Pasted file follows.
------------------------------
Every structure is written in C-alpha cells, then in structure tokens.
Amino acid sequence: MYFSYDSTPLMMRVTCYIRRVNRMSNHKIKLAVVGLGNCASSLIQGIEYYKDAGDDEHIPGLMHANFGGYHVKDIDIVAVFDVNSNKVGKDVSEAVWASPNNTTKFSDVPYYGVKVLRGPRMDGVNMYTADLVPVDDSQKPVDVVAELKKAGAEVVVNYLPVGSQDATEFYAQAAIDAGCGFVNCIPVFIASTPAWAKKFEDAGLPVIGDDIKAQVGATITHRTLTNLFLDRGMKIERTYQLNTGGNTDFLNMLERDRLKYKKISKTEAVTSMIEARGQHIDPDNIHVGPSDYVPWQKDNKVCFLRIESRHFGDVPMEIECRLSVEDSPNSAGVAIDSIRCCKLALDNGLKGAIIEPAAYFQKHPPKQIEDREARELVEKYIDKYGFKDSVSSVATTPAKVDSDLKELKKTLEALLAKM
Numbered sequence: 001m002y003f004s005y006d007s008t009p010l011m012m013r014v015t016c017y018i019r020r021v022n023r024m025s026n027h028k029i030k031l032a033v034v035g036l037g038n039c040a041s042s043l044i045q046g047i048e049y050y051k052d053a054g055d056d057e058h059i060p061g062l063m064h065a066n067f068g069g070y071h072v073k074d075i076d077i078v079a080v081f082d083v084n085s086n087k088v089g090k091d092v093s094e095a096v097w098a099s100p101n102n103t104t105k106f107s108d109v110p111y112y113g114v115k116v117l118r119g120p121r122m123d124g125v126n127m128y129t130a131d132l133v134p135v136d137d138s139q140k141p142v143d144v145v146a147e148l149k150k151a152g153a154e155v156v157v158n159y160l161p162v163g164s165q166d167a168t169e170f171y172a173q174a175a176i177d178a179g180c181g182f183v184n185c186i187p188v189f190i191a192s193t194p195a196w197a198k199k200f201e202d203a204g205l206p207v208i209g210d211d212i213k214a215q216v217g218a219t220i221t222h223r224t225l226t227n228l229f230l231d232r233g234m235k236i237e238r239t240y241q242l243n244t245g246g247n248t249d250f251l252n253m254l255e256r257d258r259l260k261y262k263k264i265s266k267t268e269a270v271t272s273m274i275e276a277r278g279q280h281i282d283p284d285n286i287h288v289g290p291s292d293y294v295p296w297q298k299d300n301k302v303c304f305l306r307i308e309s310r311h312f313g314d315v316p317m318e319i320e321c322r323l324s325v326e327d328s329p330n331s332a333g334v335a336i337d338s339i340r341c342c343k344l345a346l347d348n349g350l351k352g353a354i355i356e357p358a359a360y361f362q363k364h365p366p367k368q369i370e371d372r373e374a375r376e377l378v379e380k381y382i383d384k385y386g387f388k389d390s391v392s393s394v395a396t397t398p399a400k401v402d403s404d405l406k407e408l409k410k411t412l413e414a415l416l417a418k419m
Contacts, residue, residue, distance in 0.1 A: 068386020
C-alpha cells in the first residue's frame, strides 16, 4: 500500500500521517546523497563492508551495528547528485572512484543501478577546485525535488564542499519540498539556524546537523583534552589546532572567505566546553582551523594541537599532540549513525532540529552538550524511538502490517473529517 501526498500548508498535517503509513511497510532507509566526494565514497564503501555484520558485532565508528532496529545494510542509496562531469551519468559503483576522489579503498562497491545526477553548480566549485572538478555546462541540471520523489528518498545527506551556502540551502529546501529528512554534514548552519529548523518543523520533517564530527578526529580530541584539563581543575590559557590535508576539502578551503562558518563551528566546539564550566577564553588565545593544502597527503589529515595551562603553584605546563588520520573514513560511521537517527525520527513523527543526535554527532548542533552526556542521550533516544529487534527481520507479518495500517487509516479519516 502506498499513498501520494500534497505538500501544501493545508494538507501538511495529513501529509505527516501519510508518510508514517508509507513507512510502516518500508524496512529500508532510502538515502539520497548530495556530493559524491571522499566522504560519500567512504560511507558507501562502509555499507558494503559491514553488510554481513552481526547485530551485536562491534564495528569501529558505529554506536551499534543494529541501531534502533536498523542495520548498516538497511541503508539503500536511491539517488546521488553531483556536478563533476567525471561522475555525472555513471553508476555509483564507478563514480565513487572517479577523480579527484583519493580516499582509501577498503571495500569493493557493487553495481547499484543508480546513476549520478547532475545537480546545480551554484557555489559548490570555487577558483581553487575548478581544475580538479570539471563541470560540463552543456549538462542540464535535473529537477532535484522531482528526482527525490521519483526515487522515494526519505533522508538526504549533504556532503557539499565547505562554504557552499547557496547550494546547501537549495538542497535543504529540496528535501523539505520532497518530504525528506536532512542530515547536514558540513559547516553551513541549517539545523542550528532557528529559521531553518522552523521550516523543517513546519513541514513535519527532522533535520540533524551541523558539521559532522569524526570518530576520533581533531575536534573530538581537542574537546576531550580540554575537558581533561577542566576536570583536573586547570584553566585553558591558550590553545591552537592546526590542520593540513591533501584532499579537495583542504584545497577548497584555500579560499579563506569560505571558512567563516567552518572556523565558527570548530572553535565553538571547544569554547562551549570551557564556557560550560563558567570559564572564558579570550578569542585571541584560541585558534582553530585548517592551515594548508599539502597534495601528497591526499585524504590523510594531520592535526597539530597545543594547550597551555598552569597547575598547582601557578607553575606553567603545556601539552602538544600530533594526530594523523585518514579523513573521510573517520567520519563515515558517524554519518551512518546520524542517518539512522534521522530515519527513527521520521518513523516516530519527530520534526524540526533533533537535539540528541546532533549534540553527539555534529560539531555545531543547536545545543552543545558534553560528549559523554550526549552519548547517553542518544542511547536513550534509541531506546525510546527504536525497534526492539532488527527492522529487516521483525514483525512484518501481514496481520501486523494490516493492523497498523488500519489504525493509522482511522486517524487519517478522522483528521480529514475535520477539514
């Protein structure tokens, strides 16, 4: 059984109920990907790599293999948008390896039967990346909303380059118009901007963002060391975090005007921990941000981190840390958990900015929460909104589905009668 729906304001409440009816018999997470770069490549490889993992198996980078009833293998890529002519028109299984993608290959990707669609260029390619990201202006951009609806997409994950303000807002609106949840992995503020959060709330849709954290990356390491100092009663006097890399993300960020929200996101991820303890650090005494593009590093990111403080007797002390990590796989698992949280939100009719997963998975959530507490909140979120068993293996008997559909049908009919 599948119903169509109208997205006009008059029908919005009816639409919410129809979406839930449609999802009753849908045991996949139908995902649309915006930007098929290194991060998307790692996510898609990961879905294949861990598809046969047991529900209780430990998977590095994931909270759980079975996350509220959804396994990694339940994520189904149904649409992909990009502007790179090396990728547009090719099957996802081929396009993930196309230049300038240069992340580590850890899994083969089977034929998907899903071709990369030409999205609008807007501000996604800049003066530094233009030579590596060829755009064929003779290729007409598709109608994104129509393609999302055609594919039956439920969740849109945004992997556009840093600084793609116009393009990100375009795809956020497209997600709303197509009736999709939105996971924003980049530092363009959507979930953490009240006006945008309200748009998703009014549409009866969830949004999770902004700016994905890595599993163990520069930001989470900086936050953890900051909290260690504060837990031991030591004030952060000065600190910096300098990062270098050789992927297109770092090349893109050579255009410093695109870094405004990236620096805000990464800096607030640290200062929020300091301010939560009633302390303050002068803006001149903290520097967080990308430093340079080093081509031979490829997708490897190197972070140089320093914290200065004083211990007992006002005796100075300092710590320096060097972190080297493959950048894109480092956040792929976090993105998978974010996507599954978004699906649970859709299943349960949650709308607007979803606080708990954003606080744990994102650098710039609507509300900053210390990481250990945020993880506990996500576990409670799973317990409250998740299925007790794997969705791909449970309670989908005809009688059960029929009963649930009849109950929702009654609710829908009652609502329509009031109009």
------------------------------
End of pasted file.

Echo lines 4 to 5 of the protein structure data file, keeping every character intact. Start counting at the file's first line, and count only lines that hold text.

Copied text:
Contacts, residue, residue, distance in 0.1 A: 068386020
C-alpha cells in the first residue's frame, strides 16, 4: 500500500500521517546523497563492508551495528547528485572512484543501478577546485525535488564542499519540498539556524546537523583534552589546532572567505566546553582551523594541537599532540549513525532540529552538550524511538502490517473529517 501526498500548508498535517503509513511497510532507509566526494565514497564503501555484520558485532565508528532496529545494510542509496562531469551519468559503483576522489579503498562497491545526477553548480566549485572538478555546462541540471520523489528518498545527506551556502540551502529546501529528512554534514548552519529548523518543523520533517564530527578526529580530541584539563581543575590559557590535508576539502578551503562558518563551528566546539564550566577564553588565545593544502597527503589529515595551562603553584605546563588520520573514513560511521537517527525520527513523527543526535554527532548542533552526556542521550533516544529487534527481520507479518495500517487509516479519516 502506498499513498501520494500534497505538500501544501493545508494538507501538511495529513501529509505527516501519510508518510508514517508509507513507512510502516518500508524496512529500508532510502538515502539520497548530495556530493559524491571522499566522504560519500567512504560511507558507501562502509555499507558494503559491514553488510554481513552481526547485530551485536562491534564495528569501529558505529554506536551499534543494529541501531534502533536498523542495520548498516538497511541503508539503500536511491539517488546521488553531483556536478563533476567525471561522475555525472555513471553508476555509483564507478563514480565513487572517479577523480579527484583519493580516499582509501577498503571495500569493493557493487553495481547499484543508480546513476549520478547532475545537480546545480551554484557555489559548490570555487577558483581553487575548478581544475580538479570539471563541470560540463552543456549538462542540464535535473529537477532535484522531482528526482527525490521519483526515487522515494526519505533522508538526504549533504556532503557539499565547505562554504557552499547557496547550494546547501537549495538542497535543504529540496528535501523539505520532497518530504525528506536532512542530515547536514558540513559547516553551513541549517539545523542550528532557528529559521531553518522552523521550516523543517513546519513541514513535519527532522533535520540533524551541523558539521559532522569524526570518530576520533581533531575536534573530538581537542574537546576531550580540554575537558581533561577542566576536570583536573586547570584553566585553558591558550590553545591552537592546526590542520593540513591533501584532499579537495583542504584545497577548497584555500579560499579563506569560505571558512567563516567552518572556523565558527570548530572553535565553538571547544569554547562551549570551557564556557560550560563558567570559564572564558579570550578569542585571541584560541585558534582553530585548517592551515594548508599539502597534495601528497591526499585524504590523510594531520592535526597539530597545543594547550597551555598552569597547575598547582601557578607553575606553567603545556601539552602538544600530533594526530594523523585518514579523513573521510573517520567520519563515515558517524554519518551512518546520524542517518539512522534521522530515519527513527521520521518513523516516530519527530520534526524540526533533533537535539540528541546532533549534540553527539555534529560539531555545531543547536545545543552543545558534553560528549559523554550526549552519548547517553542518544542511547536513550534509541531506546525510546527504536525497534526492539532488527527492522529487516521483525514483525512484518501481514496481520501486523494490516493492523497498523488500519489504525493509522482511522486517524487519517478522522483528521480529514475535520477539514